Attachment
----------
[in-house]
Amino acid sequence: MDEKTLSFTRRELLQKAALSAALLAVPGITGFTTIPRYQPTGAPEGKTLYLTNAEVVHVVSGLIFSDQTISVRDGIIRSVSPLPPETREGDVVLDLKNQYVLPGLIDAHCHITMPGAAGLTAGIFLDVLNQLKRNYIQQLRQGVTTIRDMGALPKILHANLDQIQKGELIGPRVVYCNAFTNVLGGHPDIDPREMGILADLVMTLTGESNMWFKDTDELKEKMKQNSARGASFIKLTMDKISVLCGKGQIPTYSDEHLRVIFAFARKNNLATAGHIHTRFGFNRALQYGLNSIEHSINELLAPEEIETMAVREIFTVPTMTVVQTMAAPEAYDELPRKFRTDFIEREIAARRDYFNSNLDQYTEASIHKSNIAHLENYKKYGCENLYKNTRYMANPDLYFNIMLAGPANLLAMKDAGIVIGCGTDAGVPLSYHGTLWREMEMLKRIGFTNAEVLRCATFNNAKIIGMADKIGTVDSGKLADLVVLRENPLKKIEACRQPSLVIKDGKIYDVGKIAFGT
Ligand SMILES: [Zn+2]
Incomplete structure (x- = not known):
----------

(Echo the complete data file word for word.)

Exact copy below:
[in-house]
Amino acid sequence: MDEKTLSFTRRELLQKAALSAALLAVPGITGFTTIPRYQPTGAPEGKTLYLTNAEVVHVVSGLIFSDQTISVRDGIIRSVSPLPPETREGDVVLDLKNQYVLPGLIDAHCHITMPGAAGLTAGIFLDVLNQLKRNYIQQLRQGVTTIRDMGALPKILHANLDQIQKGELIGPRVVYCNAFTNVLGGHPDIDPREMGILADLVMTLTGESNMWFKDTDELKEKMKQNSARGASFIKLTMDKISVLCGKGQIPTYSDEHLRVIFAFARKNNLATAGHIHTRFGFNRALQYGLNSIEHSINELLAPEEIETMAVREIFTVPTMTVVQTMAAPEAYDELPRKFRTDFIEREIAARRDYFNSNLDQYTEASIHKSNIAHLENYKKYGCENLYKNTRYMANPDLYFNIMLAGPANLLAMKDAGIVIGCGTDAGVPLSYHGTLWREMEMLKRIGFTNAEVLRCATFNNAKIIGMADKIGTVDSGKLADLVVLRENPLKKIEACRQPSLVIKDGKIYDVGKIAFGT
Ligand SMILES: [Zn+2]
Incomplete structure (x- = not known):